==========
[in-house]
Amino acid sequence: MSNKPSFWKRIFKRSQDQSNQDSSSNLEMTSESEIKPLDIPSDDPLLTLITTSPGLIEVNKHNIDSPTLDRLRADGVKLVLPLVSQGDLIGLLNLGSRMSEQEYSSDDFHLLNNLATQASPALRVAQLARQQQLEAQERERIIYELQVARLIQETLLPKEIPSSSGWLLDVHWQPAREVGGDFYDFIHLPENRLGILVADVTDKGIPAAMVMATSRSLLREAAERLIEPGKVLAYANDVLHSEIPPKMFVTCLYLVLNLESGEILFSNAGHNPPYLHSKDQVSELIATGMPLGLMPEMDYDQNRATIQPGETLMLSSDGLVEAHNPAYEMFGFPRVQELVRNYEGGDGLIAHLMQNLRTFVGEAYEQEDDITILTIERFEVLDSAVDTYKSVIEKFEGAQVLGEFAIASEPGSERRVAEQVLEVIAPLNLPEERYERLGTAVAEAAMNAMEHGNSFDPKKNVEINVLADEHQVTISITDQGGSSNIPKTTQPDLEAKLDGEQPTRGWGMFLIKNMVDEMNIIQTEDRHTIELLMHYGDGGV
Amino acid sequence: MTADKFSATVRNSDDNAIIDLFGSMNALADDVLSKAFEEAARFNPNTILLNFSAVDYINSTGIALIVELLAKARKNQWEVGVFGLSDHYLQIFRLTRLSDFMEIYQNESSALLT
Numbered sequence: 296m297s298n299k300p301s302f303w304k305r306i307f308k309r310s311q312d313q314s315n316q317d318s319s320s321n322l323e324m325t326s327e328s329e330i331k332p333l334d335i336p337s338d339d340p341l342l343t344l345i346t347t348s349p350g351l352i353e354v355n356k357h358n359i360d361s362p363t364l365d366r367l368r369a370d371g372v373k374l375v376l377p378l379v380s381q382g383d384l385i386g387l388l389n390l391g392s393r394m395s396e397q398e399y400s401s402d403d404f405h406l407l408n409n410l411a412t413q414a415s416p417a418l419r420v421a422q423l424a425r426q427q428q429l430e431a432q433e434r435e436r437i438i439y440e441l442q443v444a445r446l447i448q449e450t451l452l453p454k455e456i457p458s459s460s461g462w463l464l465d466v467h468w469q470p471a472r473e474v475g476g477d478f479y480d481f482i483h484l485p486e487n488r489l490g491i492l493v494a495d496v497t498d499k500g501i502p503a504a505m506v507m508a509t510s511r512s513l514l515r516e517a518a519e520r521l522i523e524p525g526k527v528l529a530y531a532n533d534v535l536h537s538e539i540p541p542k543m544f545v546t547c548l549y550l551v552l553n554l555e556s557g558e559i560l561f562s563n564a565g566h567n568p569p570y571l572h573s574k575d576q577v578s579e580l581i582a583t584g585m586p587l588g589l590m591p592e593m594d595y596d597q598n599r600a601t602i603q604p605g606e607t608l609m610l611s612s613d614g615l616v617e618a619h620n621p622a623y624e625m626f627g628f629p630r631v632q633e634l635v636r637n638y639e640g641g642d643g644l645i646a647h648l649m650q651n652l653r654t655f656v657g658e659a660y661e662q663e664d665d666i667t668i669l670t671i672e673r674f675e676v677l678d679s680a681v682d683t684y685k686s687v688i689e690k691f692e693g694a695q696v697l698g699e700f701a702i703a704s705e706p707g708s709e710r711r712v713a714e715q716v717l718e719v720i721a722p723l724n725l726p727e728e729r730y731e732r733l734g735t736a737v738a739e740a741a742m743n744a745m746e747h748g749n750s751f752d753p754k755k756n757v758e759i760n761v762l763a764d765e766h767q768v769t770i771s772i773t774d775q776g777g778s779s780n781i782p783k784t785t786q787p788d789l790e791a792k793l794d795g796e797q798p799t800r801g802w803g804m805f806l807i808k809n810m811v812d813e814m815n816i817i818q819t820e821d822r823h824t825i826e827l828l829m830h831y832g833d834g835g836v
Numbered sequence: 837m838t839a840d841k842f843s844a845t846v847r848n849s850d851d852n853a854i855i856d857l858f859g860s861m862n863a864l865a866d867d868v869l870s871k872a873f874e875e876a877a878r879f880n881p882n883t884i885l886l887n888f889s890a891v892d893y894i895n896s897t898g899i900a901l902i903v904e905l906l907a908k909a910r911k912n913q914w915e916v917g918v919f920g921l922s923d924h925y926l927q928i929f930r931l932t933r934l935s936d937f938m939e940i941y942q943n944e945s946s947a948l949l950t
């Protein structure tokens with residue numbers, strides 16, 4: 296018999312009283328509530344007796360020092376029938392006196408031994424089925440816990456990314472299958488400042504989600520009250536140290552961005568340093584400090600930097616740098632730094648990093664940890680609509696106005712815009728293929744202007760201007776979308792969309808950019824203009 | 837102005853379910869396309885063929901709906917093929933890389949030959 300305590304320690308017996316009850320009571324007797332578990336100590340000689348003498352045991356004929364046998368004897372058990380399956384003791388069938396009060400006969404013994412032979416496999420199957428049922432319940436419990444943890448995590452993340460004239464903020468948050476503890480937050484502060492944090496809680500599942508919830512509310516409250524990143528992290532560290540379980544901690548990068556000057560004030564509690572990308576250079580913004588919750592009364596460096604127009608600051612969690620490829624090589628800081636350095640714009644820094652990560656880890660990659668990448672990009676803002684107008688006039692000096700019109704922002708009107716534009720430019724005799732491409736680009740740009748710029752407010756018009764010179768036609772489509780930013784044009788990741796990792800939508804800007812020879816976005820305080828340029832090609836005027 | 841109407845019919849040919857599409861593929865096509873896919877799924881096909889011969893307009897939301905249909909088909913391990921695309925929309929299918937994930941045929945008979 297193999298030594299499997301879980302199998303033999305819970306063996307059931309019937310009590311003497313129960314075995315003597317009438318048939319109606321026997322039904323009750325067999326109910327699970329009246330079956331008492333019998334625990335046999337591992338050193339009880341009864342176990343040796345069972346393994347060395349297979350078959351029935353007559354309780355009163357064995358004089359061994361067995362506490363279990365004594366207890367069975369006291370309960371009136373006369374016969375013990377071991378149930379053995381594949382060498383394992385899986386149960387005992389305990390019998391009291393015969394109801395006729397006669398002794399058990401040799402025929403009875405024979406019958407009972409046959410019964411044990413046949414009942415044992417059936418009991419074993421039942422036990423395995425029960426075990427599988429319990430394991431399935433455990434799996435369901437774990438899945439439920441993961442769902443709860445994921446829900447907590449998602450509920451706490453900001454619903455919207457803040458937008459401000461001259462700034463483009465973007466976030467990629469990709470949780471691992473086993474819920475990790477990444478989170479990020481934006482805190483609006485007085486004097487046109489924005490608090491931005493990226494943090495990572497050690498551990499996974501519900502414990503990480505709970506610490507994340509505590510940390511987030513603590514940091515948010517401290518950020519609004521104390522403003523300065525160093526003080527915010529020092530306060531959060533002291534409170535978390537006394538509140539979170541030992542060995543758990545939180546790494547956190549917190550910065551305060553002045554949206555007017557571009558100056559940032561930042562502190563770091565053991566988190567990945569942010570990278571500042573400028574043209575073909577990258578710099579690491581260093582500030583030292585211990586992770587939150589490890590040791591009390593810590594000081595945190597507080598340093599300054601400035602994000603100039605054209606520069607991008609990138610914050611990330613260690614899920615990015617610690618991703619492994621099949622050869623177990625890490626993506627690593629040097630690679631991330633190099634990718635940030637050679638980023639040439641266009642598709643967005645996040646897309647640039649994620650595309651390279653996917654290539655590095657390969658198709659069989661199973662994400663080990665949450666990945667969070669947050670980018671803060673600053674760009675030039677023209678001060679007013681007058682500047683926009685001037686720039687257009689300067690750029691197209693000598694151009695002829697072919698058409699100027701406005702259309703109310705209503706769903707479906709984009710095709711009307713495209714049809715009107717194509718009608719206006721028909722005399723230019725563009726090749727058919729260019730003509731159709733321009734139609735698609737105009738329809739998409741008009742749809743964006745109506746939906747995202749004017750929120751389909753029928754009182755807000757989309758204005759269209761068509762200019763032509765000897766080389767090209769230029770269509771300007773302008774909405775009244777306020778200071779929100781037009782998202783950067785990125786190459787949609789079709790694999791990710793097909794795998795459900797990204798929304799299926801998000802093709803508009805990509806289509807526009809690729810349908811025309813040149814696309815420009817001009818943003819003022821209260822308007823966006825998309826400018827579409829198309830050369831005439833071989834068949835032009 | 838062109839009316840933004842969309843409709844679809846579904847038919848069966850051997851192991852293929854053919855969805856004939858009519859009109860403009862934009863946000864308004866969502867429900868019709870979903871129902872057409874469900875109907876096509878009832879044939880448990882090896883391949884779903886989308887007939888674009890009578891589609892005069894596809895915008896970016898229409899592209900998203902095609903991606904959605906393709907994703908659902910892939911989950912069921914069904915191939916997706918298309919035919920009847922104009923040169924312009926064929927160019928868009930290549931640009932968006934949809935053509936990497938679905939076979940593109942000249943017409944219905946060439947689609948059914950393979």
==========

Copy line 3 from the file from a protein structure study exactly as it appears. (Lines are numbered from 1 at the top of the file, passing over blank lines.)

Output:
Amino acid sequence: MTADKFSATVRNSDDNAIIDLFGSMNALADDVLSKAFEEAARFNPNTILLNFSAVDYINSTGIALIVELLAKARKNQWEVGVFGLSDHYLQIFRLTRLSDFMEIYQNESSALLT